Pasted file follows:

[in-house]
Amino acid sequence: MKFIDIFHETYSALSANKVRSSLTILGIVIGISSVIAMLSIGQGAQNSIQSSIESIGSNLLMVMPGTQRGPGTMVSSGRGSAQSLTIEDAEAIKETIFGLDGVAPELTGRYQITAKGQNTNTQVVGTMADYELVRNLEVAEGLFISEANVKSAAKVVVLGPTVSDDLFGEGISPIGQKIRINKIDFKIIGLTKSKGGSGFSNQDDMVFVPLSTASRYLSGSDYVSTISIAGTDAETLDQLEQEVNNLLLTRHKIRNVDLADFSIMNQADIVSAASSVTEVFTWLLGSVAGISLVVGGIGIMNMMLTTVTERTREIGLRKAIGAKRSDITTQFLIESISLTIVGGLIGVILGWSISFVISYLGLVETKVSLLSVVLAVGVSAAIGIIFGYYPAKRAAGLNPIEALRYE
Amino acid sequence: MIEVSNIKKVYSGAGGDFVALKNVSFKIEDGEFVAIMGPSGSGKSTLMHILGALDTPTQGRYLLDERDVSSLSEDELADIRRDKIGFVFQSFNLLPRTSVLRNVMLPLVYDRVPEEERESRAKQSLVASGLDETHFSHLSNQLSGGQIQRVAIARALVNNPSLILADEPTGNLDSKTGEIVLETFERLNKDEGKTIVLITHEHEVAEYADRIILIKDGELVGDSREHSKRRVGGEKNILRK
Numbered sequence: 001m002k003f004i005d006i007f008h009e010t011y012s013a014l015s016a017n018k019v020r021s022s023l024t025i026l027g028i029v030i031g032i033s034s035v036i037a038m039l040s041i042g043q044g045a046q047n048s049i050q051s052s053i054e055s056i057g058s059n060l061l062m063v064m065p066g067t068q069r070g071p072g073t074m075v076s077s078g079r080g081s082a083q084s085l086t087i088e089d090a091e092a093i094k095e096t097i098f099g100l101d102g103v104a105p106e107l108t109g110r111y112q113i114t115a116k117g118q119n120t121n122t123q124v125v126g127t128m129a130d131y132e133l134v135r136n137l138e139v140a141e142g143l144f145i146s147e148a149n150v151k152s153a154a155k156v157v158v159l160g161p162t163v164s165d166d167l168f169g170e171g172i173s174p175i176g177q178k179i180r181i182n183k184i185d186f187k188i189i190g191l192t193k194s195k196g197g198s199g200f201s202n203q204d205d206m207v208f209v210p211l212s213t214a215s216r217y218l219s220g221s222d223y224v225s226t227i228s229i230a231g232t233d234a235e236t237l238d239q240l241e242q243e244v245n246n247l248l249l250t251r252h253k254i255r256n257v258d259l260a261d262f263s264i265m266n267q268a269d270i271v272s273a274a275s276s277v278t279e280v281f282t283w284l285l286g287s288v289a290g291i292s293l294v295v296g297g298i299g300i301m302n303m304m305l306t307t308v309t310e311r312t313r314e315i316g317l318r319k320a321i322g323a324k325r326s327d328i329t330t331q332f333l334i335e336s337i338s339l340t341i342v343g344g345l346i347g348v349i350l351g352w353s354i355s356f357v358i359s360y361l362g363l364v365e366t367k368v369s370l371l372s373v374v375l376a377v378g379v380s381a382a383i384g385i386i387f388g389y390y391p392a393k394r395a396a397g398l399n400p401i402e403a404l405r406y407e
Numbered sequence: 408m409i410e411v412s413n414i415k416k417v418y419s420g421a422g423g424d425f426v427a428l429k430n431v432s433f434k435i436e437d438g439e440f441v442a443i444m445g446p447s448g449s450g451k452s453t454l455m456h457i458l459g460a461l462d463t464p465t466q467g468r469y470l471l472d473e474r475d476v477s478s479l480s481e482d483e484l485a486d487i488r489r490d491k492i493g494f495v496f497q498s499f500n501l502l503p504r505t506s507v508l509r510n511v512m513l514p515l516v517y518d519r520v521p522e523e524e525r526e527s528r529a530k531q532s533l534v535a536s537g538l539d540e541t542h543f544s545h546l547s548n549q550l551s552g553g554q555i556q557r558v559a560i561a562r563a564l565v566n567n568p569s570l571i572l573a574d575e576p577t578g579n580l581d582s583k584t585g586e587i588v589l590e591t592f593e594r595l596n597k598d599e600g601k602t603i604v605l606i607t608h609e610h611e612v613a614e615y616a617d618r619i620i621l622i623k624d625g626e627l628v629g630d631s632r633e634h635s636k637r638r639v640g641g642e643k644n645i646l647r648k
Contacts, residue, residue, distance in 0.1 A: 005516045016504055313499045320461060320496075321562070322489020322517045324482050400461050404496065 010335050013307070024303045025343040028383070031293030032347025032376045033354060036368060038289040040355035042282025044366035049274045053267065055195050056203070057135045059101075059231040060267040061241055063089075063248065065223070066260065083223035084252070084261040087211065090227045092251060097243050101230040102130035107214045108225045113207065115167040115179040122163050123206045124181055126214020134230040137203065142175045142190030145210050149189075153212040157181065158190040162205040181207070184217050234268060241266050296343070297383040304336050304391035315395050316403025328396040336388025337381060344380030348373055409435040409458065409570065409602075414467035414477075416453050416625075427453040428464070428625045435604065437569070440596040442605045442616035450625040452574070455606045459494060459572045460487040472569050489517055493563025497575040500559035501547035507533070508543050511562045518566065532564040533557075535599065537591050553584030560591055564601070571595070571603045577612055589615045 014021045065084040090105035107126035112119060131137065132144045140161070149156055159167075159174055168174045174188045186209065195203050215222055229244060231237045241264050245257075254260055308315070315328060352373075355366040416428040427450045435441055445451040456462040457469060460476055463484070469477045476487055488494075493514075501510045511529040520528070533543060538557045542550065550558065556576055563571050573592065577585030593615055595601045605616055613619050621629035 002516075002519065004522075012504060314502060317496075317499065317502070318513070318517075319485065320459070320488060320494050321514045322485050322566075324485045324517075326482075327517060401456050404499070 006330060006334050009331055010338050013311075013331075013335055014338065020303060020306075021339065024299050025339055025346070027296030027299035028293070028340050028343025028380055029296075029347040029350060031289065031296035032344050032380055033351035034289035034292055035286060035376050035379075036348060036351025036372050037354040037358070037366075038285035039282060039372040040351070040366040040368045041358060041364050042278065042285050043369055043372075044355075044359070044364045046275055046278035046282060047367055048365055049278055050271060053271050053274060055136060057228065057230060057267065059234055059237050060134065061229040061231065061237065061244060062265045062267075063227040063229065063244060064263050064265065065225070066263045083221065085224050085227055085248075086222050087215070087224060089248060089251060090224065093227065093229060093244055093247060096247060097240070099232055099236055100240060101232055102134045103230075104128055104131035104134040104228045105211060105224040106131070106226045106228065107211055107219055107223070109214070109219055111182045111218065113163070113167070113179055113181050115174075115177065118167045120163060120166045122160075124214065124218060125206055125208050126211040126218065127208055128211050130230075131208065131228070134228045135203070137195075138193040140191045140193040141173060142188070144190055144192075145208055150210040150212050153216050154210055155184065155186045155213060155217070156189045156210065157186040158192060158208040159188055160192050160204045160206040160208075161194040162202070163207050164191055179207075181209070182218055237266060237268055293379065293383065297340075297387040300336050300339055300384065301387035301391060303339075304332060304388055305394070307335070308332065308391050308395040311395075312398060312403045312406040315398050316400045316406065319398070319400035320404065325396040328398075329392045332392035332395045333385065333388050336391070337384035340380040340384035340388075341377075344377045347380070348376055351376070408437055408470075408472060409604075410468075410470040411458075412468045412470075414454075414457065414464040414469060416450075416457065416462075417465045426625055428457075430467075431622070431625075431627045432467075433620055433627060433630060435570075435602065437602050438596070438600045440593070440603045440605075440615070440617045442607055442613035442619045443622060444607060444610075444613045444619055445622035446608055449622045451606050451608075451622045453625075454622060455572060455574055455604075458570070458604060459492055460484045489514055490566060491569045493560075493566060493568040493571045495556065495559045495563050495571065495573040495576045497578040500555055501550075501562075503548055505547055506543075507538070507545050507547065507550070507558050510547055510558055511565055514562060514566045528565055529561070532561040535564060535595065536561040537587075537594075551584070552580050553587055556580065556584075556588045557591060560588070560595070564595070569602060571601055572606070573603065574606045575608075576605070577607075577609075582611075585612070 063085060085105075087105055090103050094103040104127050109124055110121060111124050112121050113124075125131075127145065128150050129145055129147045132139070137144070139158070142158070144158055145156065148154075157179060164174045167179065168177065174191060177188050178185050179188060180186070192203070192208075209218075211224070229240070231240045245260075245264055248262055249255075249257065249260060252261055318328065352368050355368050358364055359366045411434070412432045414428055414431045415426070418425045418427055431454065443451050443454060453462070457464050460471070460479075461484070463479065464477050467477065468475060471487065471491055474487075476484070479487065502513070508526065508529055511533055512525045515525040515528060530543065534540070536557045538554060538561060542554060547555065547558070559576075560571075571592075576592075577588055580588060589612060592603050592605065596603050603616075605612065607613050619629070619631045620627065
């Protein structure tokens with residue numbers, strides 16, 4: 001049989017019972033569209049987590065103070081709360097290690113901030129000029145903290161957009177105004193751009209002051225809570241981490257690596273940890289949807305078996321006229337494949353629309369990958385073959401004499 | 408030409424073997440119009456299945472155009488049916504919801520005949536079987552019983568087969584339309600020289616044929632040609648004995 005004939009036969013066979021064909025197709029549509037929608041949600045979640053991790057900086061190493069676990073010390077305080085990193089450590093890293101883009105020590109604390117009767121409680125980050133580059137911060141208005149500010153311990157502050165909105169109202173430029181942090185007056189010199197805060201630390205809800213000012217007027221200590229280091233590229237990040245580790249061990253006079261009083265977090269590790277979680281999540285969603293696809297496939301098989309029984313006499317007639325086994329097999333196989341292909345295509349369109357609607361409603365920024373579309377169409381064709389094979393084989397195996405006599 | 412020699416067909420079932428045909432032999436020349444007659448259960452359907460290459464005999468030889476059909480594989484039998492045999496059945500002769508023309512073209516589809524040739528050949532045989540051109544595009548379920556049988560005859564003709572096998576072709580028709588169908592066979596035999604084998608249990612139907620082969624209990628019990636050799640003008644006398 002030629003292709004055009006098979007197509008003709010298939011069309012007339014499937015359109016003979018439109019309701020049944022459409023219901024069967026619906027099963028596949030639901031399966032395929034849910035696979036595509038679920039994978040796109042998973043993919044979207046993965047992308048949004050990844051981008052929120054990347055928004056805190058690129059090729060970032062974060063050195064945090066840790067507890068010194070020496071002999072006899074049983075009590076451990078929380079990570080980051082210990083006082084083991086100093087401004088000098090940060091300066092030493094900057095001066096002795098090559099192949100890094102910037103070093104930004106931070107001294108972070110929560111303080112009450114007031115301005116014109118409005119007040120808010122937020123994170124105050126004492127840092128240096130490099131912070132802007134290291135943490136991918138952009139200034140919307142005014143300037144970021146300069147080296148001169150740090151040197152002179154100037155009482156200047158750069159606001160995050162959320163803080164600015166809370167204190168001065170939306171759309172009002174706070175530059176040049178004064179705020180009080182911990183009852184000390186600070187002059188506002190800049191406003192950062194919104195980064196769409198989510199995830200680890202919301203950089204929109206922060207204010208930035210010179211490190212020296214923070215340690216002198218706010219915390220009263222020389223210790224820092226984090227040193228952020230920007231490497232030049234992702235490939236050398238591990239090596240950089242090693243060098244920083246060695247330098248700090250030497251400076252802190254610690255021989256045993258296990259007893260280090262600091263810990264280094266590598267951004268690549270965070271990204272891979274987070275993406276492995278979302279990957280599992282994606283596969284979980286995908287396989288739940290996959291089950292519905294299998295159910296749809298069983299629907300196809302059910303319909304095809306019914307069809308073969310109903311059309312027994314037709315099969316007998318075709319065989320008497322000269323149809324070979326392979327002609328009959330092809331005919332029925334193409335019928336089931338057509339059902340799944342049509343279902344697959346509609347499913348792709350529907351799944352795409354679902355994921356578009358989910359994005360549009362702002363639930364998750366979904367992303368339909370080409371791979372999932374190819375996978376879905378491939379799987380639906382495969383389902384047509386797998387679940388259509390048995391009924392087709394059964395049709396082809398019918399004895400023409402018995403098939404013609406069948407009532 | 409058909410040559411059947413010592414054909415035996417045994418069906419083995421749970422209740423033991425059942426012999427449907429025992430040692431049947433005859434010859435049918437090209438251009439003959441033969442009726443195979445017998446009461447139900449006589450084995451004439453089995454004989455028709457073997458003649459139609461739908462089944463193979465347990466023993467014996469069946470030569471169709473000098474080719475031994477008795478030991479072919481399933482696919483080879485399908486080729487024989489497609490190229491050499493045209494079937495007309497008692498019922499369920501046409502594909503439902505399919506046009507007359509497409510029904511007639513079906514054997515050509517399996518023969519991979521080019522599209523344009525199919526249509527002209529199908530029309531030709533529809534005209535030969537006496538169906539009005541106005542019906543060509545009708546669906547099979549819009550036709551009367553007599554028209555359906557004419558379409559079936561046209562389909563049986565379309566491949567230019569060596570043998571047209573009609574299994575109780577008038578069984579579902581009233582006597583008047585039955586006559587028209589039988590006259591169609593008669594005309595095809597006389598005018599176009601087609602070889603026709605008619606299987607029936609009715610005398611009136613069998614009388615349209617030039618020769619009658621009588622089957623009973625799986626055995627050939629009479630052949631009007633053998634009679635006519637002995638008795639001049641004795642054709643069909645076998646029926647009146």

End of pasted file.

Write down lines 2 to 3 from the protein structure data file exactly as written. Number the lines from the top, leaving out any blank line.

Amino acid sequence: MKFIDIFHETYSALSANKVRSSLTILGIVIGISSVIAMLSIGQGAQNSIQSSIESIGSNLLMVMPGTQRGPGTMVSSGRGSAQSLTIEDAEAIKETIFGLDGVAPELTGRYQITAKGQNTNTQVVGTMADYELVRNLEVAEGLFISEANVKSAAKVVVLGPTVSDDLFGEGISPIGQKIRINKIDFKIIGLTKSKGGSGFSNQDDMVFVPLSTASRYLSGSDYVSTISIAGTDAETLDQLEQEVNNLLLTRHKIRNVDLADFSIMNQADIVSAASSVTEVFTWLLGSVAGISLVVGGIGIMNMMLTTVTERTREIGLRKAIGAKRSDITTQFLIESISLTIVGGLIGVILGWSISFVISYLGLVETKVSLLSVVLAVGVSAAIGIIFGYYPAKRAAGLNPIEALRYE
Amino acid sequence: MIEVSNIKKVYSGAGGDFVALKNVSFKIEDGEFVAIMGPSGSGKSTLMHILGALDTPTQGRYLLDERDVSSLSEDELADIRRDKIGFVFQSFNLLPRTSVLRNVMLPLVYDRVPEEERESRAKQSLVASGLDETHFSHLSNQLSGGQIQRVAIARALVNNPSLILADEPTGNLDSKTGEIVLETFERLNKDEGKTIVLITHEHEVAEYADRIILIKDGELVGDSREHSKRRVGGEKNILRK